• The horrific treatment of women in all pornographic media types lends itself to a number of problems—for male and female viewers. (Yes, there are a multitude of sites and production companies that specialize in "romantic porn" and offer a gentler view into sex, but they are hardly the majority.) Men end up believing that all women enjoy giving oral sex, like rough intercourse, enjoy being hit, and achieve orgasm without the slightest bit of foreplay, emotional connection, and/or intellectual investment. And women end up believing that if they don't perform like a porn star—regardless of their own personal preferences or sexual desires—there is something wrong with them. It doesn't matter if a woman doesn't want him to achieve his orgasm on her face, or be taken forcefully, or perhaps smacked around in bed due to "passion". He's doing what he was taught women like... so of course she's going to like it; why wouldn't she? (To be clear, there are many people who enjoy sex this way. This observation isn't about them. It's about the countless others who don't enjoy sex like this, and don't say anything, thinking they can't or shouldn't because this is "the way it's done".)




Here are 6 bad lessons from the porn industry:

  1. Women are always ready. Porn is flawed right from the time you hit Play on the DVD player. While there are women who are ready for sex at the drop of a hat, most require some kind of effort besides eloquent, smooth lines like, "You ready?" or "How about some?" Do men really think that a line like "Wanna bump uglies?" is going to get them in the mood? It’s going to take a little more than that to get a woman to relax enough to forget about work stress, money worries, the kids, boring chores and everything else that is preying on her mind.
  2. All women want to do anything to/for the man, while he provides a bare minimum. This is highlighted in every movie and in every scene. 99 percent of sex scenes start with.... (wait for it) — a blowjob . Of course... because she's been sitting around all day just waiting to perform that act.
  3. Foreplay is not necessary. No need for all that pesky foreplay — kissing is overrated, ambiance is unnecessary, creating any kind of a mood is just a waste of time. Just give it to me now! Sometimes a quickie is just what a woman wants, but every time? Come on. Many women would be happier if he rushed home to take out the trash and clean the house instead of walking in expecting oral sex.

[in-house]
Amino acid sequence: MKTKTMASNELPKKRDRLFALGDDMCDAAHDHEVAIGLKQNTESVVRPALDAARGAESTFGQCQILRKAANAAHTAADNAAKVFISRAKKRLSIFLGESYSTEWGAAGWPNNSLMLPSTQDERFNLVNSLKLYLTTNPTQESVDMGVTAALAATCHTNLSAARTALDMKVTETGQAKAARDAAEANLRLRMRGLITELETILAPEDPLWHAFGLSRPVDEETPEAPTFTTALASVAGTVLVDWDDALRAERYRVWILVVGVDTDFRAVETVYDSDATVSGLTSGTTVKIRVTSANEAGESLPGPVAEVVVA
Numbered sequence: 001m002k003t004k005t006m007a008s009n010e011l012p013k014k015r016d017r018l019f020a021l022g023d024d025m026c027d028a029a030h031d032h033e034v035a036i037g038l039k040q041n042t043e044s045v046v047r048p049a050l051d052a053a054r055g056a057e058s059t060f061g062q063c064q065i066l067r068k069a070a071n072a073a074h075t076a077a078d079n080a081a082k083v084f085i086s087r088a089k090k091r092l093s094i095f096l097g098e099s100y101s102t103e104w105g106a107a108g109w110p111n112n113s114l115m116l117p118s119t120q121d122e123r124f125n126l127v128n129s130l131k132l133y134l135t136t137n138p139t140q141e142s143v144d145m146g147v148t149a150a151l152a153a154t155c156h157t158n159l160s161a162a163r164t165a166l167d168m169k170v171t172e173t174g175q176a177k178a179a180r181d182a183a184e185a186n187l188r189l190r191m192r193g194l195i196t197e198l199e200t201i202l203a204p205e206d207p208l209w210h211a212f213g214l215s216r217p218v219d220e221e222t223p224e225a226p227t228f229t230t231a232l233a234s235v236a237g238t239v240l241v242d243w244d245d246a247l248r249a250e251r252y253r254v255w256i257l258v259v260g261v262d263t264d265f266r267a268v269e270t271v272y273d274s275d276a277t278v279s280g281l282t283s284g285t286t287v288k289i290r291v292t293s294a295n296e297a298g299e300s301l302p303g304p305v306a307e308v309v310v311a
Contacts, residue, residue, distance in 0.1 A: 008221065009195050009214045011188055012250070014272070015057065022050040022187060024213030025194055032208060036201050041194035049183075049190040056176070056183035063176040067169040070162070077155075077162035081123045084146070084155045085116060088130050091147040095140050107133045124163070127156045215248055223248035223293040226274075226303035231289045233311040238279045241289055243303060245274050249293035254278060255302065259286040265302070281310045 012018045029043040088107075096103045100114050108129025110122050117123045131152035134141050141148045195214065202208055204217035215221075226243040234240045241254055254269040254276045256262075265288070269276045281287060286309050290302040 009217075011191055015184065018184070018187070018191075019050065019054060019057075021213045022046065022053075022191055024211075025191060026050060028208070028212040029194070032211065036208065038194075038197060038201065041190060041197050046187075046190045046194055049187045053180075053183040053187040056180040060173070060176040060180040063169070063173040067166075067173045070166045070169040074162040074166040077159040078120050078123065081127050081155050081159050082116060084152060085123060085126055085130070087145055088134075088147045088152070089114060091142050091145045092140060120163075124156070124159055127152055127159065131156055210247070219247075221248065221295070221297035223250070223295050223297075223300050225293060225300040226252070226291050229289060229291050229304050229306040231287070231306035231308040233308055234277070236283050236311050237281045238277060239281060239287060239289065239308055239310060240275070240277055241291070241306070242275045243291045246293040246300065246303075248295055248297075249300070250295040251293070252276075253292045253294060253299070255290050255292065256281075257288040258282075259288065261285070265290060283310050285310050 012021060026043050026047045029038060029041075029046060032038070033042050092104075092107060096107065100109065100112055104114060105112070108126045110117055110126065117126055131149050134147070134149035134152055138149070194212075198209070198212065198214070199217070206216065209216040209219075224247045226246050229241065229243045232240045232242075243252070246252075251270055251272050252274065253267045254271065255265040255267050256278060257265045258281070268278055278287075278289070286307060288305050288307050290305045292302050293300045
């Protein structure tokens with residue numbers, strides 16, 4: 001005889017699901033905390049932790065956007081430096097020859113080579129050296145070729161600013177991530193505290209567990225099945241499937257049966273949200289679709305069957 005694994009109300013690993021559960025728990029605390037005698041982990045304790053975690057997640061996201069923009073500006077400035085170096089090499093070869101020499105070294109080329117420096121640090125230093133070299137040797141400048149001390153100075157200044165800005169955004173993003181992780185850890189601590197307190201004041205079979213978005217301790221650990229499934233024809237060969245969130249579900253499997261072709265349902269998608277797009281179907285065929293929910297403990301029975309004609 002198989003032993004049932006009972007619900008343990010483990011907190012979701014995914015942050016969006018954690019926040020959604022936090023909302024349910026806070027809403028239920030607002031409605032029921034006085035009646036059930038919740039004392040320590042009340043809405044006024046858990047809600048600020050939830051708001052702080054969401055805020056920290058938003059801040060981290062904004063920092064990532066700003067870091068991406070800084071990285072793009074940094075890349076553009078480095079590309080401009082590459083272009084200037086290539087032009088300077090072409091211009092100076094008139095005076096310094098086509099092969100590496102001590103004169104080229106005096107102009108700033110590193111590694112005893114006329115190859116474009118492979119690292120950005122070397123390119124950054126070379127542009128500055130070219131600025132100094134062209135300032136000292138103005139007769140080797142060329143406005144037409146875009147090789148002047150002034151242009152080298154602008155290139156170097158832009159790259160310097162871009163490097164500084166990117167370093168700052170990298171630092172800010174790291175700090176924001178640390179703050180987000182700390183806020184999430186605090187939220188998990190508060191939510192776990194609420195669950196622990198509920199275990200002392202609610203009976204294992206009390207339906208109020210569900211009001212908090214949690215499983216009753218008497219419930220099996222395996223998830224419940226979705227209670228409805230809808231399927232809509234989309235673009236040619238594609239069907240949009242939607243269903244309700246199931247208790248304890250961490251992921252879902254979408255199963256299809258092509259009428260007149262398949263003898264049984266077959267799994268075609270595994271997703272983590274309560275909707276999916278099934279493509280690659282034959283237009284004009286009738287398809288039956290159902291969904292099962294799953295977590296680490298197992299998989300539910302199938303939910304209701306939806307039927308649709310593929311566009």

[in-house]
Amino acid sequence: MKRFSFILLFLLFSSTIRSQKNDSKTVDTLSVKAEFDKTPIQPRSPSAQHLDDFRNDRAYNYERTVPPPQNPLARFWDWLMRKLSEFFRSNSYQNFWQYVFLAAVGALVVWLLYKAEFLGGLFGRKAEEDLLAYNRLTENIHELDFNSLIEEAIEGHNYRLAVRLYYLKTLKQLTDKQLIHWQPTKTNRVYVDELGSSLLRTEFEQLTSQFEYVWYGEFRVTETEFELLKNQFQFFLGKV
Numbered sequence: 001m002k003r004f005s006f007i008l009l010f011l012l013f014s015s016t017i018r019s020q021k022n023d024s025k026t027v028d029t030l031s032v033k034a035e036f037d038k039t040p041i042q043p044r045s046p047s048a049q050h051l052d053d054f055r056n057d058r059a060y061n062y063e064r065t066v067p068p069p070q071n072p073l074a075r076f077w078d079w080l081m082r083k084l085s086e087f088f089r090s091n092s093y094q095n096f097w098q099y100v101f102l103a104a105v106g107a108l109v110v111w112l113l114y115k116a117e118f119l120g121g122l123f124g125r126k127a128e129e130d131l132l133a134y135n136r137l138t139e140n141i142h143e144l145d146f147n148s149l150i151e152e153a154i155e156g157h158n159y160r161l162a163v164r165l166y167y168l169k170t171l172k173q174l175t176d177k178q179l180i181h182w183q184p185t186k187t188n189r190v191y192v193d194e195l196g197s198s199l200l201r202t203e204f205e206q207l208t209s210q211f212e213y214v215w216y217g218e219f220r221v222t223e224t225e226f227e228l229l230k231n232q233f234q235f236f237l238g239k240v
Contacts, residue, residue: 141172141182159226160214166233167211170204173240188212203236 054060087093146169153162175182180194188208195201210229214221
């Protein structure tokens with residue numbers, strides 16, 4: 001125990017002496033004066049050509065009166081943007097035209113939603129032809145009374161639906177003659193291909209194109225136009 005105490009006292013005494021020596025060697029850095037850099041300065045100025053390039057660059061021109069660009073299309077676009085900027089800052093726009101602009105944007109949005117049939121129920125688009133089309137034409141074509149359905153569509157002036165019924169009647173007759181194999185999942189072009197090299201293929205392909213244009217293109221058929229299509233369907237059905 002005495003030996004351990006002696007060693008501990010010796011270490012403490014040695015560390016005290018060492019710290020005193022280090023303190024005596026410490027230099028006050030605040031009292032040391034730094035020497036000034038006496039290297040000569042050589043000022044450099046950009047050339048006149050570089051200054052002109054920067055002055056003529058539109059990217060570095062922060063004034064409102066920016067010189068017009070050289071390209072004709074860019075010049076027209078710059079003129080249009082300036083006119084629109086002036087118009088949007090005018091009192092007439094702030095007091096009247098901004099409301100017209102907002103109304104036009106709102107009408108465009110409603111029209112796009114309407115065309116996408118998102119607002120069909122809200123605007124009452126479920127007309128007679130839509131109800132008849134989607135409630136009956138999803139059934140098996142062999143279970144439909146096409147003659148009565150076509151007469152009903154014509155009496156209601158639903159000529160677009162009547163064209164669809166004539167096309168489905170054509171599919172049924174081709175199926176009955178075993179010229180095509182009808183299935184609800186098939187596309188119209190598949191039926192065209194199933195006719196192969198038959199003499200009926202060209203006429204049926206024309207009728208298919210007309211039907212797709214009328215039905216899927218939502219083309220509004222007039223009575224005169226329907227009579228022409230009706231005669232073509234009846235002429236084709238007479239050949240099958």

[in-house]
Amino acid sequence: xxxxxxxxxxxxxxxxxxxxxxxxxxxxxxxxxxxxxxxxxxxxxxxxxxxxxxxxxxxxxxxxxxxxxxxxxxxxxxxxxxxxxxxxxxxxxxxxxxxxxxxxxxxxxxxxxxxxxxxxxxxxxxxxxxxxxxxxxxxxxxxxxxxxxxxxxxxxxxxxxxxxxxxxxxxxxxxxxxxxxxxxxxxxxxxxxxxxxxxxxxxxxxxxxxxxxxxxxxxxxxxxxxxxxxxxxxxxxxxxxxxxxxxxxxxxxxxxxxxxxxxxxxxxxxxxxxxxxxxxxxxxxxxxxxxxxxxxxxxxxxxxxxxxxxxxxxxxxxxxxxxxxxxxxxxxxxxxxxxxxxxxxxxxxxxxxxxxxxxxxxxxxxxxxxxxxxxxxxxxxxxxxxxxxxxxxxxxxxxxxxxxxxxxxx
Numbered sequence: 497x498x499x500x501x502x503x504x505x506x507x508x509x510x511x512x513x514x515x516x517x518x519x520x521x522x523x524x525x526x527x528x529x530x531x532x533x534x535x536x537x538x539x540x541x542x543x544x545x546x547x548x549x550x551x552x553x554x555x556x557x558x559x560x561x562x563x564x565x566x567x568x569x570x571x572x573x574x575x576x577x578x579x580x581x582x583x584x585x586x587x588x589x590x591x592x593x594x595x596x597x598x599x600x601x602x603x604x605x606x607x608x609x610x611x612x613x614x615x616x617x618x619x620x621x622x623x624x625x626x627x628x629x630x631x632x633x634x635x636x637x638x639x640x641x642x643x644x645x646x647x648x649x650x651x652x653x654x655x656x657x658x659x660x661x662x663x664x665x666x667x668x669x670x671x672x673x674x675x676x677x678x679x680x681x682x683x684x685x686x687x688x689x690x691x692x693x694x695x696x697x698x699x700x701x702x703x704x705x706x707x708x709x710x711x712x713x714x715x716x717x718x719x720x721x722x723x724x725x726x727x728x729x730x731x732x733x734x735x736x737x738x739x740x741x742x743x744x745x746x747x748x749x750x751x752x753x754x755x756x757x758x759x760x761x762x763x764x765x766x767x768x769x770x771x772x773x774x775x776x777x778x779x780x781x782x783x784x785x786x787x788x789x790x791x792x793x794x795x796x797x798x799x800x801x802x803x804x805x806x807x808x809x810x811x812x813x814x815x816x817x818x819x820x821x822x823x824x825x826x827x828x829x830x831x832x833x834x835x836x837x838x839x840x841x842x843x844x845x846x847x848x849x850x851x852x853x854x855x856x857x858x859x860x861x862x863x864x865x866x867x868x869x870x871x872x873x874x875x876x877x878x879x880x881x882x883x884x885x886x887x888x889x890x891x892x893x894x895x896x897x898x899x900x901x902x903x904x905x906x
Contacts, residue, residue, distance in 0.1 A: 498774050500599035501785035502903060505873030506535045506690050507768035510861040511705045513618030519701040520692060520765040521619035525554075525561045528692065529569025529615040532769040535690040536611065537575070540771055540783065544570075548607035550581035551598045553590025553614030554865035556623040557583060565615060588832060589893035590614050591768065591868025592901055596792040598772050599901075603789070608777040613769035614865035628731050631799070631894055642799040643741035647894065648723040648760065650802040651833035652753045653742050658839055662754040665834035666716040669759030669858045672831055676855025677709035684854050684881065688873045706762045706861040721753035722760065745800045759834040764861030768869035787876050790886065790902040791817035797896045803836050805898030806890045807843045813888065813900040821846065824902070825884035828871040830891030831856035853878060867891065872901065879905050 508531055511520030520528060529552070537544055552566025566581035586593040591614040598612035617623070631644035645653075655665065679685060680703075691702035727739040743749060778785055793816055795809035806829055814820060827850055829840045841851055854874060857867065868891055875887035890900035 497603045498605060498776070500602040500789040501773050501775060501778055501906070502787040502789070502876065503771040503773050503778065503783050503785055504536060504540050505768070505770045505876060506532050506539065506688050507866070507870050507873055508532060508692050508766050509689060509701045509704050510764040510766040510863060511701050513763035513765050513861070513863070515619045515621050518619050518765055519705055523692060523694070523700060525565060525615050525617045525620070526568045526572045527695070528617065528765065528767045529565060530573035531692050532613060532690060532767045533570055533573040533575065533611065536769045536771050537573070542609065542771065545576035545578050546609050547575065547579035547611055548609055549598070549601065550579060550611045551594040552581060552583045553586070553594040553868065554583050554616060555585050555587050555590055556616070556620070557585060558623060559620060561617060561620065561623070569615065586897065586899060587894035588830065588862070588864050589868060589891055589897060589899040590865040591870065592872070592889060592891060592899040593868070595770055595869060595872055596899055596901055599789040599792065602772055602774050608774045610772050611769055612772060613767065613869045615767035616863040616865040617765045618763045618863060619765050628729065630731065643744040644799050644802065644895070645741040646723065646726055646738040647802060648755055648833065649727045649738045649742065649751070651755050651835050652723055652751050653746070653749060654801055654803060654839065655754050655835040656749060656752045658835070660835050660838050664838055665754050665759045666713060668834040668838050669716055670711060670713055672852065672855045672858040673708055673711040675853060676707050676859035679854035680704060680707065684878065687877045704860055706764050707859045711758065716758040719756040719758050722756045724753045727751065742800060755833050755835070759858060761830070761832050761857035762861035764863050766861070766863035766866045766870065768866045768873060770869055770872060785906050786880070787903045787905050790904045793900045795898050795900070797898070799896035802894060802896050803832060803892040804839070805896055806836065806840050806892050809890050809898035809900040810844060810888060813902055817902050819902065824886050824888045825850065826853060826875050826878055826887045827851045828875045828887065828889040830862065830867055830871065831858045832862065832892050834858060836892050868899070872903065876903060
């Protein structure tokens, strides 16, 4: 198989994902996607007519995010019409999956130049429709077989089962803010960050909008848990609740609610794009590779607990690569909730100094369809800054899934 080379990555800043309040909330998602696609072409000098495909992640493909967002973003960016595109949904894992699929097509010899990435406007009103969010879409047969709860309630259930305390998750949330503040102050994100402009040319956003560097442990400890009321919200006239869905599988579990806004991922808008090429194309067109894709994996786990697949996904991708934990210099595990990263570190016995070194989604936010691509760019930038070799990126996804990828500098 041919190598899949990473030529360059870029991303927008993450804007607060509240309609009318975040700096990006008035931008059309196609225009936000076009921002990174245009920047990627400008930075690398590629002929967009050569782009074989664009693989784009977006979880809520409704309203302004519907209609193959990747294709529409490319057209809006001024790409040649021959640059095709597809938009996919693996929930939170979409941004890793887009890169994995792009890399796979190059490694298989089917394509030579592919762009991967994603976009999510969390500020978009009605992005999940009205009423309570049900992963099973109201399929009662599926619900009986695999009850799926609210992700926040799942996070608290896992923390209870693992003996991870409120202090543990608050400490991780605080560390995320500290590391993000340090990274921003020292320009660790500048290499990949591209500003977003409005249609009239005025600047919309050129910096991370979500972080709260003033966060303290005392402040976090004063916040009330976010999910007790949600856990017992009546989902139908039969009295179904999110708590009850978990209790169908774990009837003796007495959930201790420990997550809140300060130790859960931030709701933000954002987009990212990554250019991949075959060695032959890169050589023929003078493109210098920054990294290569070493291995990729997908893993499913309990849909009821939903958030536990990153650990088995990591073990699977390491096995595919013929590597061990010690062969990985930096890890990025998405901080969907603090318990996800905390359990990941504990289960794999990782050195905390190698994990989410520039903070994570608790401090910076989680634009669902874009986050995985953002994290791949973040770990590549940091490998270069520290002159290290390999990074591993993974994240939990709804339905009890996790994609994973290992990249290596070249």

4. Everything on a woman is... "accessible"... and she wants you to do whatever you want to her body. Yeah, right. Anytime a man wants to insert his various extremities into any part of her body—and then pound (perhaps without any lubrication)... that works for her. Gimme a break.
  5. Nipples are there specifically for men to abuse. In Pornland, pounding, pulling, pinching, twisting and prodding obsessively — with ever-increasing intensity — on the most sensitive of a woman's body parts will earn men extra points. (And can we please acknowledge that there is a real difference between aggressive sex and clumsy, seventh-grade experimentation? Some women are into pain and kink... but not all. (A clearer definition: Erotic might be a feather... Kinky is the whole chicken.)
  6. All women are naturally attracted to other women. Ah yes... the Holy Grail of sex for men: The threesome. There’s nothing wrong if she's into it, but you won’t catch most women hanging out a with a friend, dressed as secretaries (or school girls, or teachers, or bikini-wearing “housewives”) with blue eye shadow and sticky red lip gloss, waiting (err… pining) for the guy to come home (or knock on the door with a pizza delivery) so they can have sex with him together.

These examples showcase the massive disconnect between what most women say they really want, and what men are being exposed to on a constant basis. If men are being turned on by an ever-increasing selfishness in bed, it’s no wonder sex lives are suffering (which I’m not just assuming … I’ve been told). I'm not suggesting that sex needs to be candles, soft music and aromatherapy every time, but assuming all women want these things is B.S.; there's just no other term for it. And I'm also not suggesting that men should be doing all the work to create the mood, but I would suggest that there are rewards to be reaped for reading the scene, creating the right environment, and moving slowly... ending in a fever pitch.
Bottom line: Porn might be a great, but great sex requires more. Seduction is not over-rated… and it starts way before you enter the bedroom.